Anderson’s recent work at Heritage focuses on the constitutional questions surrounding same-sex “marriage.” He is the co-author with Princeton’s Robert P. George and Sherif Girgis of the acclaimed book “What Is Marriage? Man and Woman: A Defense” (Encounter Books, December 2012).
The lecture starts at 7:20 in. The lecture ends at 49:35. There are 32 minutes of Q&A.
When talking about marriage in public, we should talk about philosophy, sociology and public policy
Gay marriage proponents need to be pressed to define what marriage is, on their view
Every definition of marriage is going to include some relationships, and exclude others
It’s meaningless to portray one side as nice and the other mean
Typically, marriage redefiners view marriage as a more intense emotional relationship
Marriage redefiners should be challenged in three ways:
1) Does the redefined version of marriage have a public policy reason to prefer only two people?
2) Does the redefined version of marriage have a reason to prefer permanence?
3) Does the redefined version of marriage have a reason to prefer sexual exclusivity?
Also, if marriage is just about romance, then why is the state getting involved in recognizing it?
The talk: 1) What marriage is, 2) Why marriage matters, 3) What are the consequences of redefining marriage?
What marriage is:
Marriage unites spouses – hearts, minds and bodies
Marriage unites spouses to perform a good: creating a human being and raising that human being
Marriage is a commitment: permanent and exclusive
Male and female natures are distinct and complementary
The public purpose of marriage:
to attach men and women to each other
to attach mothers and fathers to their children
there is no such thing as parenting, there is only mothering and fathering
the evidence shows that children benefit from mothering and fathering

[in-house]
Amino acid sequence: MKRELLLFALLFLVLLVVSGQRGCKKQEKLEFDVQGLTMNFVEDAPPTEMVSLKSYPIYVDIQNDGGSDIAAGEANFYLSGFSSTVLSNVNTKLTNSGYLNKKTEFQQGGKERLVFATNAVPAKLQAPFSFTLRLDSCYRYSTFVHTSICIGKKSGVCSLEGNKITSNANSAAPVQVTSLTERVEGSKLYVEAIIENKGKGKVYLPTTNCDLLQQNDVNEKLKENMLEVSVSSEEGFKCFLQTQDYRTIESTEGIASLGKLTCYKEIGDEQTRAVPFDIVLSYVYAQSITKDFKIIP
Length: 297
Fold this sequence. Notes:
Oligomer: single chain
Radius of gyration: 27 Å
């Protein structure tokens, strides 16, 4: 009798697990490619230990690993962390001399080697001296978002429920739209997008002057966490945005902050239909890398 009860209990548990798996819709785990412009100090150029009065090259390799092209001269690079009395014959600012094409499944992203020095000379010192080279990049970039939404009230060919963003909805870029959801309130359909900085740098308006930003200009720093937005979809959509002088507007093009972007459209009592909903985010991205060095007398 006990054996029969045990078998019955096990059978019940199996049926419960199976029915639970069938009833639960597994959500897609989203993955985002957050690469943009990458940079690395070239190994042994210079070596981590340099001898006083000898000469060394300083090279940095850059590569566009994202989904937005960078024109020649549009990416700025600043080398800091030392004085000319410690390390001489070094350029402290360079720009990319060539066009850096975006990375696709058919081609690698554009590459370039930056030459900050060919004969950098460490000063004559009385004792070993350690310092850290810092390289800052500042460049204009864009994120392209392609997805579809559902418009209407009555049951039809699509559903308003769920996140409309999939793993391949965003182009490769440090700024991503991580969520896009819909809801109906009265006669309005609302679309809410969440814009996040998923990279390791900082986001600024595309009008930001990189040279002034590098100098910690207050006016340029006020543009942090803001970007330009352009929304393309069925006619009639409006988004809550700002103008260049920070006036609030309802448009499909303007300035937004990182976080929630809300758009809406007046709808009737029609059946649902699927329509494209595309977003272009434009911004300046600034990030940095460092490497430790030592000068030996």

boys who grow up without fathers are more likely to commit crimes
girls who grow up without fathers are more likely to have sex earlier
Children benefit from having a mother and a father
can’t say that fathers are essential for children if we support gay marriage, which makes fathers optional
without marriage: child poverty increases, crime increases, social mobility decreases, welfare spending increases
when government encourages marriage, then government has less do to – stays smaller, spends less
if we promote marriage as an idea, we are not excluding gay relationships or even partner benefits
finally, gay marriage has shown itself to be hostile to religious liberty
Consequences redefining marriage:
it undermines the norm in public like that kids deserve a mom and a dad – moms and dads are interchangeable
it changes the institution of marriage away from the needs of children, and towards the needs of adults
it undermines the norm of permanence
we learned what happens when marriage is redefined before: with no-fault divorce
no-fault divorce: after this became law, divorce rates doubled – the law changed society
gay marriage would teach society that mothers and fathers are optional when raising children
if marriage is what people with intense feelings do, then how can you rationally limit marriage to only two people?
if marriage is what people with intense feelings do, then if other people cause intense feelings, there’s no fidelity
if marriage is what people with intense feelings do, then if the feelings go away, there is no permanence
the public policy consequences to undermining the norms of exclusivity and permanence = fatherless children and fragmented families
a final consequences is the decline and elimination of religious liberty – e.g. – adoption agencies closing, businesses being sued
We’re doing very well on abortion, but we need to get better at knowing how to discuss marriage. If you’re looking for something short to read, click here. If you want to read a long paper that his book is based on.